• I know I'm called to live with more awareness of how my actions impact others and the world around us. This would include buying locally grown food as often as is possible/practical, cooking from scratch more, far less "canned" entertainment, hanging laundry out to dry & etc.
  • I know I'm being called to closer communion with Spirit with a more consistent prayer life and by engaging in a variety of forms of worship with a broader and more diverse group of people.

What I don't know is anything else. Many decisions could facilitate some of the above things; few would accommodate all. What are the options? What are the implications for each of those? How would each impact each of my children today and in 5 years? What's best, what's good & what's neutral? And where is God in each? How do I submit myself to God's will for me when I'm so unsure what that is?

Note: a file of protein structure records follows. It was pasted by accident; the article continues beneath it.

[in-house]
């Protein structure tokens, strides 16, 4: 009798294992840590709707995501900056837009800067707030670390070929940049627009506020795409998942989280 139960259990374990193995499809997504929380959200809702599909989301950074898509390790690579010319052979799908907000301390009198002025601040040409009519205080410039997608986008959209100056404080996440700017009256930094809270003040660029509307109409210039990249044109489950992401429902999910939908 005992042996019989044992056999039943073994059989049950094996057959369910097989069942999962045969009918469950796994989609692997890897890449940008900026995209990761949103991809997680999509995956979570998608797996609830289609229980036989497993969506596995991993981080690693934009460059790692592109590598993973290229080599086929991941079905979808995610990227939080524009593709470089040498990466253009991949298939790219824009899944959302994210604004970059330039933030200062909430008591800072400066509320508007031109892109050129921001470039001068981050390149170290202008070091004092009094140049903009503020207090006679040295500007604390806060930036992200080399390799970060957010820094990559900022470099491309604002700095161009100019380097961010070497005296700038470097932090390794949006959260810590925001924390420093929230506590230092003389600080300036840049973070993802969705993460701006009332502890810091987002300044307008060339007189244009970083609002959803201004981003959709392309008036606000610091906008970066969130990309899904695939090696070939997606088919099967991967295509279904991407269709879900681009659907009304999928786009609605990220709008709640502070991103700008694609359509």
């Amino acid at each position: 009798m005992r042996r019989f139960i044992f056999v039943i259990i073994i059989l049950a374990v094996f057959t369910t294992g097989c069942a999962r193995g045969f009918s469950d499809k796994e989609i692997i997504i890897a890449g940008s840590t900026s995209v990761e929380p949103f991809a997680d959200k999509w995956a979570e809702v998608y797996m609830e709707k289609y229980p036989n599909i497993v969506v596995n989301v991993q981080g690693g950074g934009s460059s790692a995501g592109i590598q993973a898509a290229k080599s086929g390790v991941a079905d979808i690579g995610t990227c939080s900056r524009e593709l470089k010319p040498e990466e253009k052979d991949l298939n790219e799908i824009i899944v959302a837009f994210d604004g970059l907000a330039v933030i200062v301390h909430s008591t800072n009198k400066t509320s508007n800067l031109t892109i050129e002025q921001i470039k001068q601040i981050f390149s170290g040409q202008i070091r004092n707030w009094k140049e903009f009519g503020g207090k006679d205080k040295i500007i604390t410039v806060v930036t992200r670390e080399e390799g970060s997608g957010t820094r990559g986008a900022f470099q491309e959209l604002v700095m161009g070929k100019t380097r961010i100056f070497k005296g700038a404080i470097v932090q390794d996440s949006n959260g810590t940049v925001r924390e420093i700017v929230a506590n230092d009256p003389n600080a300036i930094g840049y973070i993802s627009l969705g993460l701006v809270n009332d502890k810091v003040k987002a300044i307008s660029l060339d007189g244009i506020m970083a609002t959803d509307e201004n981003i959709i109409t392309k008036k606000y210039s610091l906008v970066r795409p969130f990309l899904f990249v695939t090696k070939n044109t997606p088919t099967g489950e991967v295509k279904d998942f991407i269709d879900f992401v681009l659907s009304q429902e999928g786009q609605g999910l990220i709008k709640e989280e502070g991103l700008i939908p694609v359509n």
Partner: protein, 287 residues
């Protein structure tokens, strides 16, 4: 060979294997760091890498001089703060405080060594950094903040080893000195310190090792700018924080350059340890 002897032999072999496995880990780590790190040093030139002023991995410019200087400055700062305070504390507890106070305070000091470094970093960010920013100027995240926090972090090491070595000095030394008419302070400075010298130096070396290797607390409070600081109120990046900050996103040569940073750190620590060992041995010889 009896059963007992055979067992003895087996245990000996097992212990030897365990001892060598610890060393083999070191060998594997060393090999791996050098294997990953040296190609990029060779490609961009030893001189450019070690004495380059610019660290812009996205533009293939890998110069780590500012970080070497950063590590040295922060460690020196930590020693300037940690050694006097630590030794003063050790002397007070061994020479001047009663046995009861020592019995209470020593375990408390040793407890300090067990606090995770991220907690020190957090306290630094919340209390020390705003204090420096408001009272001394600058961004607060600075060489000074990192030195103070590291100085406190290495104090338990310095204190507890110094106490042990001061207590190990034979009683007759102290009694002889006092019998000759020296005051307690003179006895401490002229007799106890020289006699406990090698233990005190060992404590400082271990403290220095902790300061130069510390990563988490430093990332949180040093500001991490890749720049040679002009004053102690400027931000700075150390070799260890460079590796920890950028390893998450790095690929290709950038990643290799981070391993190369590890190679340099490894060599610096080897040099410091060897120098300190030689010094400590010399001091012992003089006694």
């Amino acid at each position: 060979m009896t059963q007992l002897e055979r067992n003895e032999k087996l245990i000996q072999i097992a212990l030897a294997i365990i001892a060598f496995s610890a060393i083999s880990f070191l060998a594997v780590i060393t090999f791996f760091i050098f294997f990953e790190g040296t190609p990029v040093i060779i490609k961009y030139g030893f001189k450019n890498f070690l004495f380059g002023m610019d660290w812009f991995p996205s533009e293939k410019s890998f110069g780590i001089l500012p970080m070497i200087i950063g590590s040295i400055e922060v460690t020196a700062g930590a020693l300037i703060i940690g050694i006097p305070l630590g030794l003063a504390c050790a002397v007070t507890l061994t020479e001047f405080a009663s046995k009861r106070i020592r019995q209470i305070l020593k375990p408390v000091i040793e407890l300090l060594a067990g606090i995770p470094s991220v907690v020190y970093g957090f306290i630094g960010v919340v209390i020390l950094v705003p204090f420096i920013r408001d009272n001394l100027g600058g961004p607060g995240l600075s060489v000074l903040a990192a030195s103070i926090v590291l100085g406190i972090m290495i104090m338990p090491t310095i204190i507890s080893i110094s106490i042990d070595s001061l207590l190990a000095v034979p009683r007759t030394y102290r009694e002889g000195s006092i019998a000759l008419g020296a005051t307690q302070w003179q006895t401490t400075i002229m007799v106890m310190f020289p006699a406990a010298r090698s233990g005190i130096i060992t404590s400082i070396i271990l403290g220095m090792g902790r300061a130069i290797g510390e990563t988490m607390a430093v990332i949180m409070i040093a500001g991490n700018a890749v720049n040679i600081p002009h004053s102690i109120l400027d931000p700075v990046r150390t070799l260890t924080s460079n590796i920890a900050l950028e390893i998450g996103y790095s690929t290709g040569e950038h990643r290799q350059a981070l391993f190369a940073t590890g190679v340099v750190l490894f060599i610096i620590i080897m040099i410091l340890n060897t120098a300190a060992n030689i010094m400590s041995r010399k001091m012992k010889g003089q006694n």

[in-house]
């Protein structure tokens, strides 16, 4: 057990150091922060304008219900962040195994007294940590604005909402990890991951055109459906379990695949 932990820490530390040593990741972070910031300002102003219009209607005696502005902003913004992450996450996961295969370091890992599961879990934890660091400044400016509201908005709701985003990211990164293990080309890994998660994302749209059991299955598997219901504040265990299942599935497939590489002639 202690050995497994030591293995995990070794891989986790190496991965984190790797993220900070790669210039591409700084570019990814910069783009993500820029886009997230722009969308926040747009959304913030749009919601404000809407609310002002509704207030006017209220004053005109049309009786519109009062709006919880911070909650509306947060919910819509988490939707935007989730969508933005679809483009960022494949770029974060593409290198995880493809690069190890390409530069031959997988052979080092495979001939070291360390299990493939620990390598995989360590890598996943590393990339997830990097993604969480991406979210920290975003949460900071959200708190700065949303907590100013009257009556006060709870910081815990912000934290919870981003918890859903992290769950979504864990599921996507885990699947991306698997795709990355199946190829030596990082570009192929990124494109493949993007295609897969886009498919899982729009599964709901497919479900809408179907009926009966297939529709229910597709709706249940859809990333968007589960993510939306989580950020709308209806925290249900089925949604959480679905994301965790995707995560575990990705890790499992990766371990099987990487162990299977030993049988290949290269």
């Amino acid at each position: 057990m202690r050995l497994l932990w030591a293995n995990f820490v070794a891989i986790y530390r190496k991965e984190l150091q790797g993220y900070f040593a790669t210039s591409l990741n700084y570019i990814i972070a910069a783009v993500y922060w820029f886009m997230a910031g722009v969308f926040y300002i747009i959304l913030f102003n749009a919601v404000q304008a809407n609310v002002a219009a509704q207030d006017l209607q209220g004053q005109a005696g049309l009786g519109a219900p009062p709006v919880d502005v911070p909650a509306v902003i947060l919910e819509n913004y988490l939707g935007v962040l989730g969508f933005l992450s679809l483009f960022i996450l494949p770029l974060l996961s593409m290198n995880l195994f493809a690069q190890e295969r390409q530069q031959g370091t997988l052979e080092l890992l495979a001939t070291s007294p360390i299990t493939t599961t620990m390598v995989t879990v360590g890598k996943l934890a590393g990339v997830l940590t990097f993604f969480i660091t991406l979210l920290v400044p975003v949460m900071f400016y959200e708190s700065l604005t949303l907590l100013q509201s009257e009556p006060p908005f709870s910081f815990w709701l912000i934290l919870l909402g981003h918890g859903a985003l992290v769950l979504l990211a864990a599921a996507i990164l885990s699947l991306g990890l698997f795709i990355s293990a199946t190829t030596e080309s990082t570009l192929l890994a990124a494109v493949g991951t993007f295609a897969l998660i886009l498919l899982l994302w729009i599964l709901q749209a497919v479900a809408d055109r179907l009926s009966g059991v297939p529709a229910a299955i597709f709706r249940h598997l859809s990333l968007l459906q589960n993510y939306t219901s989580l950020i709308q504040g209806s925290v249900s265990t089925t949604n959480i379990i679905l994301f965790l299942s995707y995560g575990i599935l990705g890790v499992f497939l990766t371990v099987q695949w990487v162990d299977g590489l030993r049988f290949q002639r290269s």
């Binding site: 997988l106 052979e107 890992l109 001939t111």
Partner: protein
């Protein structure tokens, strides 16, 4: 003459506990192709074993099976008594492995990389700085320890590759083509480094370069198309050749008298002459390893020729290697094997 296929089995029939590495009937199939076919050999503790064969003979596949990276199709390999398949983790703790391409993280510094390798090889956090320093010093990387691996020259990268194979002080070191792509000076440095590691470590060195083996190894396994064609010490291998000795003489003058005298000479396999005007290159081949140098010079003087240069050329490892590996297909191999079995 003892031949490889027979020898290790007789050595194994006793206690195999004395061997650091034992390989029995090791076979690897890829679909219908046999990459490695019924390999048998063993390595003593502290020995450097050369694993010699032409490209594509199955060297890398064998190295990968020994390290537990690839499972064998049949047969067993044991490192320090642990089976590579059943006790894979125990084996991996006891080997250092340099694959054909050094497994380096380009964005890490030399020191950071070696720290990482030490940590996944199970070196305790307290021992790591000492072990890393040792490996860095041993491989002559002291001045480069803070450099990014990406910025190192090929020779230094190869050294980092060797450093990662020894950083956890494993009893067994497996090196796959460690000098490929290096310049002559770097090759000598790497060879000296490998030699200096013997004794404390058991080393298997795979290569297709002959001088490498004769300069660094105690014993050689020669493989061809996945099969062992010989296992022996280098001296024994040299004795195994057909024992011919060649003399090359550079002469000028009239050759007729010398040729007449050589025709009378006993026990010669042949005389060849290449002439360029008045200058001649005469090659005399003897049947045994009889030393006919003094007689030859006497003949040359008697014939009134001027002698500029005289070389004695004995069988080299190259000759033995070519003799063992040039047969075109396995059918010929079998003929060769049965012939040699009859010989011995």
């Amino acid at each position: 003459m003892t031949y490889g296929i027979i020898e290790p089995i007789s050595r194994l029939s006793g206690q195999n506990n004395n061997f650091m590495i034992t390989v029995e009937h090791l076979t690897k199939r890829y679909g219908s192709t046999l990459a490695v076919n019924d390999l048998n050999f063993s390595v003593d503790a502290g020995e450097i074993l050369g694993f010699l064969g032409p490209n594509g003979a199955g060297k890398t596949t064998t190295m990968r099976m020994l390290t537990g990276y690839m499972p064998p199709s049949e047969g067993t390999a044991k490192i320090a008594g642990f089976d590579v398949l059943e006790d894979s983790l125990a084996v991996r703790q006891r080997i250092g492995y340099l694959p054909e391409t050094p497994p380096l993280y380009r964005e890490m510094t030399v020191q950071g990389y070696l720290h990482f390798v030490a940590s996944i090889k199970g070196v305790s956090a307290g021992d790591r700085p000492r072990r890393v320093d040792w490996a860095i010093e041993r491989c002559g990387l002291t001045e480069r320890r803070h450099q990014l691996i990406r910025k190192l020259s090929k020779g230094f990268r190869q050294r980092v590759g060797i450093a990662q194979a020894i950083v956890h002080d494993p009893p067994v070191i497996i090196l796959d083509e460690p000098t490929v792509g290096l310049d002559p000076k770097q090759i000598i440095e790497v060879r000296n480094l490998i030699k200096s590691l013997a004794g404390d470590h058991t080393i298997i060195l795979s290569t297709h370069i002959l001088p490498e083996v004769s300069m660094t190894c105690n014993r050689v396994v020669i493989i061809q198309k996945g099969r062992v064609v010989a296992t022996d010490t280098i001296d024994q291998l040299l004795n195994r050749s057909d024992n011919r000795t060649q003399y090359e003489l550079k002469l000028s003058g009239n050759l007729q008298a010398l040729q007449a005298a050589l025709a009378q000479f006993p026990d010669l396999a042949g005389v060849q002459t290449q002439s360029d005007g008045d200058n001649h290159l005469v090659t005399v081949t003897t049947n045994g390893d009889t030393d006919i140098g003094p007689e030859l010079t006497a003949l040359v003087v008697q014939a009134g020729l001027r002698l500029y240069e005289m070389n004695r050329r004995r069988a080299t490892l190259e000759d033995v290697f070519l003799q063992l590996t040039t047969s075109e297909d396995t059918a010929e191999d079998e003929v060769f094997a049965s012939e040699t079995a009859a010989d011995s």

Sunday, June 20, 2010

Simplicity

A few months ago, I participated in an exploratory gathering with the theme of Quaker outreach at Nashville Friends Meeting. Prior to the event, another Friend and I volunteered to be the local presenters working with the Friends General Conference traveling educators who facilitated the event. We were told we would each be giving two five minute talks about one of the Quaker Testimonies; the first talk would be about how I came to that Testimony and the second was to be how my life reflects that testimony now. "No problem", thought I. I'm used to speaking before Friends and leading things and exploring and sharing about my spiritual process. That was, however, moments before my confidence crashed to the ground when the Testimony of Simplicity was announced.

Simplicity sounds simple. My life used to be simple, back when my kids were young and we had so little that things were very uncomplicated. Currently, I'm not even sure what Simplicity means.